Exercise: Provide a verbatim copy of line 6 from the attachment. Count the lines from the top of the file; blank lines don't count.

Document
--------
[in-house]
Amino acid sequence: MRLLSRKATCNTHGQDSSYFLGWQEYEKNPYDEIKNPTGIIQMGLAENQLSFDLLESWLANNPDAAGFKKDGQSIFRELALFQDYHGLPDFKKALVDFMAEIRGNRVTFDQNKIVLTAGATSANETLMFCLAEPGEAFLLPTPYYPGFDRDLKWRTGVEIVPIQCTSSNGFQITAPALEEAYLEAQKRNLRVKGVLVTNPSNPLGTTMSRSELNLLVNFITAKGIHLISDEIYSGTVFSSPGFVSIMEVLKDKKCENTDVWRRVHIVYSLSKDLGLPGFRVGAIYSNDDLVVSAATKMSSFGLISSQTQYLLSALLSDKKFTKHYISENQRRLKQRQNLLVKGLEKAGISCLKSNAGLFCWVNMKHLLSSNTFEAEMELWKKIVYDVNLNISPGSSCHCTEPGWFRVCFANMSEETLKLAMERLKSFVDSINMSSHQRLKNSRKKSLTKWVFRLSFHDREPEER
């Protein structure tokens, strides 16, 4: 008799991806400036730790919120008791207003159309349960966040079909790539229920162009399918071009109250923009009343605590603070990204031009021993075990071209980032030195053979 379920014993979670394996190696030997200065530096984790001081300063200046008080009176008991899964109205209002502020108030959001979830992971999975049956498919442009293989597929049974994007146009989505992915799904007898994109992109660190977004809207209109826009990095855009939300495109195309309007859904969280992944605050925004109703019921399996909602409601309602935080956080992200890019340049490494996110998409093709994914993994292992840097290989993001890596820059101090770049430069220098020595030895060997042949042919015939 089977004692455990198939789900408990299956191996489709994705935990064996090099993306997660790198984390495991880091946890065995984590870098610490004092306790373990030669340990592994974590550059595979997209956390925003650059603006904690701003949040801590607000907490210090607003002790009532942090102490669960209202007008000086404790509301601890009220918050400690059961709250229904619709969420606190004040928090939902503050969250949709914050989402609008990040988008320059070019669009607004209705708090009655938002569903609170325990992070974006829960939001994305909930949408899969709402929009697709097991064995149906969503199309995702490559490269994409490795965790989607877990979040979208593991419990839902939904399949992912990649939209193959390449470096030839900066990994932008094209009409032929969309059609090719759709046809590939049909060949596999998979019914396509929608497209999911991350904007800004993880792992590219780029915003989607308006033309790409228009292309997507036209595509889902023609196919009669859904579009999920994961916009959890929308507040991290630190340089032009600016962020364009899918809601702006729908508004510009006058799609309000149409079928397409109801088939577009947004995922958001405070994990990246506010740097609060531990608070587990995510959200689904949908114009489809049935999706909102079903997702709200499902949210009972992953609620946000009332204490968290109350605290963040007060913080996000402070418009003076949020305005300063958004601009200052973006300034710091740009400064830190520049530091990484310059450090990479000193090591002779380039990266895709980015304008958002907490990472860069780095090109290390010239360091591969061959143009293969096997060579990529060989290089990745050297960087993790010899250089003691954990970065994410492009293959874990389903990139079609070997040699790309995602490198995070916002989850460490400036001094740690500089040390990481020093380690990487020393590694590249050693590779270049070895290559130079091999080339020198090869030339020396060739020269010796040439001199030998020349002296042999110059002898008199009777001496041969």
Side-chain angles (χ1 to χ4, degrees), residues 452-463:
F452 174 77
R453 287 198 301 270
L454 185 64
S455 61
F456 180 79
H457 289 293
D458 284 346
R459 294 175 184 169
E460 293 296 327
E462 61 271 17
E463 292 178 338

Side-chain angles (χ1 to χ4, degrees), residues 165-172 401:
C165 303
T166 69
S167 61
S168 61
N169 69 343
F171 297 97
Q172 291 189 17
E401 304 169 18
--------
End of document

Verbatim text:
R453 287 198 301 270